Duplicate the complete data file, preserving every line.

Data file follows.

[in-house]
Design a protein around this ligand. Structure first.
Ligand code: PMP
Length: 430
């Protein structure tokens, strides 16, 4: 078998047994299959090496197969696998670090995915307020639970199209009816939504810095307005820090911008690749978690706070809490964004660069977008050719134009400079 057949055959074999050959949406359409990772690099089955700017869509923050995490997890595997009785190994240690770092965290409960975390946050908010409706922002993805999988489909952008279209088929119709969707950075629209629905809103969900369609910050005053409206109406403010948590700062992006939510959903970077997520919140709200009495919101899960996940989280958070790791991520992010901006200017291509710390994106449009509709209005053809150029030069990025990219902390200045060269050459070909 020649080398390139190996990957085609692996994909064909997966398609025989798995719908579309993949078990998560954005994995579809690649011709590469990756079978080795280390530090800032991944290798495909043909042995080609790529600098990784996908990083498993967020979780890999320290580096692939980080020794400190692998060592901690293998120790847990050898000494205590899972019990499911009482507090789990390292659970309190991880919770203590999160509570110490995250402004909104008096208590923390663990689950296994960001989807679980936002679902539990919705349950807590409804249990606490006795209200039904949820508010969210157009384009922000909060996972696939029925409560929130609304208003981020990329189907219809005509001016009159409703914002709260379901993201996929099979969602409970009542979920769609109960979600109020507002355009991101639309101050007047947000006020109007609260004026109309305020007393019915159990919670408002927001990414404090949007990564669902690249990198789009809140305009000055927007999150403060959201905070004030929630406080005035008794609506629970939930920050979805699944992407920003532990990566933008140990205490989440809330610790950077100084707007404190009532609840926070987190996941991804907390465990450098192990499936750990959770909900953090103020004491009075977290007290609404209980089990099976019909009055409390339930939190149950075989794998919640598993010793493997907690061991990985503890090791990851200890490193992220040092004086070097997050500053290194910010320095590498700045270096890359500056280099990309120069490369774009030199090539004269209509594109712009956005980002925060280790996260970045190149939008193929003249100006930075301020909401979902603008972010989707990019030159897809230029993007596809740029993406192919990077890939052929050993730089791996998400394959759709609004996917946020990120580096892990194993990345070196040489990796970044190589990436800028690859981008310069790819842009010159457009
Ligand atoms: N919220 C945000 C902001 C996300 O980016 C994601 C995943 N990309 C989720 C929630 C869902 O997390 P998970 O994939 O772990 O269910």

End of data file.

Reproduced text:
[in-house]
Design a protein around this ligand. Structure first.
Ligand code: PMP
Length: 430
């Protein structure tokens, strides 16, 4: 078998047994299959090496197969696998670090995915307020639970199209009816939504810095307005820090911008690749978690706070809490964004660069977008050719134009400079 057949055959074999050959949406359409990772690099089955700017869509923050995490997890595997009785190994240690770092965290409960975390946050908010409706922002993805999988489909952008279209088929119709969707950075629209629905809103969900369609910050005053409206109406403010948590700062992006939510959903970077997520919140709200009495919101899960996940989280958070790791991520992010901006200017291509710390994106449009509709209005053809150029030069990025990219902390200045060269050459070909 020649080398390139190996990957085609692996994909064909997966398609025989798995719908579309993949078990998560954005994995579809690649011709590469990756079978080795280390530090800032991944290798495909043909042995080609790529600098990784996908990083498993967020979780890999320290580096692939980080020794400190692998060592901690293998120790847990050898000494205590899972019990499911009482507090789990390292659970309190991880919770203590999160509570110490995250402004909104008096208590923390663990689950296994960001989807679980936002679902539990919705349950807590409804249990606490006795209200039904949820508010969210157009384009922000909060996972696939029925409560929130609304208003981020990329189907219809005509001016009159409703914002709260379901993201996929099979969602409970009542979920769609109960979600109020507002355009991101639309101050007047947000006020109007609260004026109309305020007393019915159990919670408002927001990414404090949007990564669902690249990198789009809140305009000055927007999150403060959201905070004030929630406080005035008794609506629970939930920050979805699944992407920003532990990566933008140990205490989440809330610790950077100084707007404190009532609840926070987190996941991804907390465990450098192990499936750990959770909900953090103020004491009075977290007290609404209980089990099976019909009055409390339930939190149950075989794998919640598993010793493997907690061991990985503890090791990851200890490193992220040092004086070097997050500053290194910010320095590498700045270096890359500056280099990309120069490369774009030199090539004269209509594109712009956005980002925060280790996260970045190149939008193929003249100006930075301020909401979902603008972010989707990019030159897809230029993007596809740029993406192919990077890939052929050993730089791996998400394959759709609004996917946020990120580096892990194993990345070196040489990796970044190589990436800028690859981008310069790819842009010159457009
Ligand atoms: N919220 C945000 C902001 C996300 O980016 C994601 C995943 N990309 C989720 C929630 C869902 O997390 P998970 O994939 O772990 O269910």